The state pays for the charter school out of money District 227 is allocated for state aid. The amount is based on the charter school’s enrollment multiplied by the cost of tuition.
District 227’s board initially rejected Davis’ request for the charter in 2010, saying the school would drain millions of dollars from it. The Illinois State Board of Education reversed the district’s decision and granted the charter. One month later, District 227 filed a lawsuit against Southland College Prep to try to keep it from opening, claiming the charter school would reduce state aid.
A Cook County judge ruled against District 227 in December 2010, and following an appeal, the Illinois Appellate Court ruled against the district one year later. Still, the charter school’s funding has its detractors on the District 227 board.
“If they want opportunity, give them opportunity and fund it,” board member Emmanuel Imoukhude said. “It’s reverse Robin Hood.”
Davis said the Illinois State Board of Education previously told her while granting her charter she needed to raise an additional $250,000 a year to make the school “viable.” While she meets the fundraising goal regularly with state and federal grants — not to mention a one-time $250,000 start-up grant the Walton Foundation gave the school in 2010 — she said the local donations are not what they need to be.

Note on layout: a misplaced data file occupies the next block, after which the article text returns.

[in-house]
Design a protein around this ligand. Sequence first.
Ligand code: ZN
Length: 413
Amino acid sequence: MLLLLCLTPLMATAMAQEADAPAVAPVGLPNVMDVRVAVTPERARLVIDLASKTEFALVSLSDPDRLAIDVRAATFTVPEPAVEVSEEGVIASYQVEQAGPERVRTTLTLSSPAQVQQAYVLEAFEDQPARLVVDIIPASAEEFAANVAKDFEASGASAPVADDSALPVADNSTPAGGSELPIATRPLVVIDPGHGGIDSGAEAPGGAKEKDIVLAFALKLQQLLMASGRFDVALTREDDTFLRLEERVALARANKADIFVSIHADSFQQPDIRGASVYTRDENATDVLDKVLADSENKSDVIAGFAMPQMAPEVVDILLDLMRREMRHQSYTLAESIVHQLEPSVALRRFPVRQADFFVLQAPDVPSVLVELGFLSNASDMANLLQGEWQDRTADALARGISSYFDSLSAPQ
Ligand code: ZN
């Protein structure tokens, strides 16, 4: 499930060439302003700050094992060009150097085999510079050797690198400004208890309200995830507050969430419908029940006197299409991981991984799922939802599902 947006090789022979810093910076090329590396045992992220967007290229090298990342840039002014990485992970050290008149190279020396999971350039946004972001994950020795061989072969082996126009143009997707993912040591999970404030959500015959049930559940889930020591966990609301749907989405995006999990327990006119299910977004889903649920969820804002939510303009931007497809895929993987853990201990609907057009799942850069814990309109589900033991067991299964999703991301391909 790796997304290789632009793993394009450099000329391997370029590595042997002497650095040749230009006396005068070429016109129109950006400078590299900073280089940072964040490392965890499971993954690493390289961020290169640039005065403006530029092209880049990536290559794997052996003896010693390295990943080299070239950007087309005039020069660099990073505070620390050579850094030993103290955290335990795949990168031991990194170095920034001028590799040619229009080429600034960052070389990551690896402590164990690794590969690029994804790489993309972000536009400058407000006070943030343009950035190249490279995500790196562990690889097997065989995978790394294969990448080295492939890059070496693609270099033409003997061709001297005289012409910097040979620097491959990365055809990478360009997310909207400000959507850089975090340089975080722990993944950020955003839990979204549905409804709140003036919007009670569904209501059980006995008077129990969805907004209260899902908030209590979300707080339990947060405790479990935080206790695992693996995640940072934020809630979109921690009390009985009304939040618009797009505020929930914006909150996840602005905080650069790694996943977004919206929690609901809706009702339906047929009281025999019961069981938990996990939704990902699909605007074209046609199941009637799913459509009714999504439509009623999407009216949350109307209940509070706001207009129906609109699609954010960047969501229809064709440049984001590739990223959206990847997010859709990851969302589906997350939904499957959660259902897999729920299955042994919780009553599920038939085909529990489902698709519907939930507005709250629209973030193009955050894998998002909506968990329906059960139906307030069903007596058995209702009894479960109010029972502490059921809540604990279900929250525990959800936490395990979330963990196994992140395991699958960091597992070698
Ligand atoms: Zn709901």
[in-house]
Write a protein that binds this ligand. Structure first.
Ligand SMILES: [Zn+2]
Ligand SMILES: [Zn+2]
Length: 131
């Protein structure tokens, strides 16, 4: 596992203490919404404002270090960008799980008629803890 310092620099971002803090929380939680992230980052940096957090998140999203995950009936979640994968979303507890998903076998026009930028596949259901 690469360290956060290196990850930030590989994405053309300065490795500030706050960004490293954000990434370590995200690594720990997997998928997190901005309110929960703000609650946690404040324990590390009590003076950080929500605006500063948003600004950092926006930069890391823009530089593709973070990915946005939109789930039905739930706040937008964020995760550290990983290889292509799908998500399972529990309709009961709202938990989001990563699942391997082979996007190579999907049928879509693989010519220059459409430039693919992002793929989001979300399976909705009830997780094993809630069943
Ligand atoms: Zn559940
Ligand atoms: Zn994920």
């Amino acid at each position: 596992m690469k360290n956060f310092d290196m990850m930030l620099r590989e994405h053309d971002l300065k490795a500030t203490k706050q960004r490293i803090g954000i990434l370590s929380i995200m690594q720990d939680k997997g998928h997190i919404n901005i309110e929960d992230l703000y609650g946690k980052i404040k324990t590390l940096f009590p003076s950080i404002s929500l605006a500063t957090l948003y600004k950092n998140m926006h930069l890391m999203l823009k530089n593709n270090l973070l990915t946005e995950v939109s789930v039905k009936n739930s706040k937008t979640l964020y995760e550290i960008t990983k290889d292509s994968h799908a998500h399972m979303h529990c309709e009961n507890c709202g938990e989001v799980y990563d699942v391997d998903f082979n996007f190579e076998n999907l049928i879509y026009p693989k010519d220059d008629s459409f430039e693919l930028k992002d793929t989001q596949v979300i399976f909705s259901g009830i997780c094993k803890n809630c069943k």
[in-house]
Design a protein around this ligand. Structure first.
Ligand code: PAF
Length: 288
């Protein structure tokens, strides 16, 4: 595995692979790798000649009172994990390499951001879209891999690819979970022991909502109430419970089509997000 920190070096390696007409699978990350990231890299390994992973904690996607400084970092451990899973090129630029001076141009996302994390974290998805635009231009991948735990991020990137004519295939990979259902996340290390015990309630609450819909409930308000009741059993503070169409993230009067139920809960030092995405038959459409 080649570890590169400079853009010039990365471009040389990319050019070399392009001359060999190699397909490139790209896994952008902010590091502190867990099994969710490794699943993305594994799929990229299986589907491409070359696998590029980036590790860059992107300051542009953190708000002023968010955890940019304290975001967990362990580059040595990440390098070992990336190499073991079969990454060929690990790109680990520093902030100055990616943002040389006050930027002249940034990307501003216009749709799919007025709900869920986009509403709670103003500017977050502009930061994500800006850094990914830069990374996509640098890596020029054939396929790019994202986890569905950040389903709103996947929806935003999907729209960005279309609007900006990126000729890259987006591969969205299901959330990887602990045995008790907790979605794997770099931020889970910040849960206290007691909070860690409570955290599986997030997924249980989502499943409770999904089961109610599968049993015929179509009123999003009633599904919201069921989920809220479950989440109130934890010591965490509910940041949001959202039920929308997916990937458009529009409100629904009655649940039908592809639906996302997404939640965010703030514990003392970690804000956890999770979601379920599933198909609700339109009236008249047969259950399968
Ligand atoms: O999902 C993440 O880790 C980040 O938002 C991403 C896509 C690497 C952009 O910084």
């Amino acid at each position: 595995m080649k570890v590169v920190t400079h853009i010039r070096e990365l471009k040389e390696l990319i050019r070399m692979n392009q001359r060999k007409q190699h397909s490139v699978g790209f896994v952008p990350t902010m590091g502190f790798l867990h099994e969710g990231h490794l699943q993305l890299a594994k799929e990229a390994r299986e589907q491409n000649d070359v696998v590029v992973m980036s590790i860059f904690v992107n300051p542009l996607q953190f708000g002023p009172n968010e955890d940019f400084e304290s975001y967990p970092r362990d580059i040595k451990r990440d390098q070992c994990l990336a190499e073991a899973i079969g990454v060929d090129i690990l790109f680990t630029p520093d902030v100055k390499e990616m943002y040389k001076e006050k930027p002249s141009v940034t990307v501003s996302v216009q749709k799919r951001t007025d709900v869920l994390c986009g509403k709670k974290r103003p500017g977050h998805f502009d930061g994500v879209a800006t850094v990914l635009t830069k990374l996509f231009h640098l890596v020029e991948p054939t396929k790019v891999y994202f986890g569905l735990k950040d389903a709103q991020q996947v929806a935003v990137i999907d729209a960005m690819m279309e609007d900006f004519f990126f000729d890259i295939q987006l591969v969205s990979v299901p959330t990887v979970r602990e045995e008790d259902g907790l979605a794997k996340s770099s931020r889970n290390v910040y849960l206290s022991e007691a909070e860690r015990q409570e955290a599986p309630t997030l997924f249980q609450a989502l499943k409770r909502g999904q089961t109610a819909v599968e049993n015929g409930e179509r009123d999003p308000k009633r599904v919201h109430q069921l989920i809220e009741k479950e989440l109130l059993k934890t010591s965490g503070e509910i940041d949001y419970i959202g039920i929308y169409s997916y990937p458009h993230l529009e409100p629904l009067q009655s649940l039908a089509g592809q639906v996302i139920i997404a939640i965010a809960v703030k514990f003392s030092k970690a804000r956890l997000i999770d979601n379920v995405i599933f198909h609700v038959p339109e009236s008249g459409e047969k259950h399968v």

“What I thought I’d be able to do is get more big-picture support from businesses,” Davis said. “I don’t consider $500 or $1,000 big-picture support.”
According to the school’s financial records, private donors and an annual gala for the school have raised a total $117,098 in the past three years. Davis said she hopes the new test scores as well as her recent appointment by Gov. Pat Quinn to the Task Force of Charter School Funding will help her raise her profile to Chicago donors with deep pockets.
“I am ready now to go out and sell this,” Davis said. “We’re going to take this up several notches.”
Before Davis became the Matteson School District 162 superintendent and Southland College Prep CEO, she worked for eight years under former Chicago Public Schools CEO Paul Vallas before leaving in 2002.
One of the initiatives of Vallas, whom Gov. Pat Quinn tapped Friday to be his running mate in the 2014 election, was expanding charter schools in Chicago to reduce school classroom size, Davis said.
“One of the issues is that we had these huge conglomerate (schools) that were hard to manage,” Davis said. “He wasn’t a charter school person, he was a small-school person.”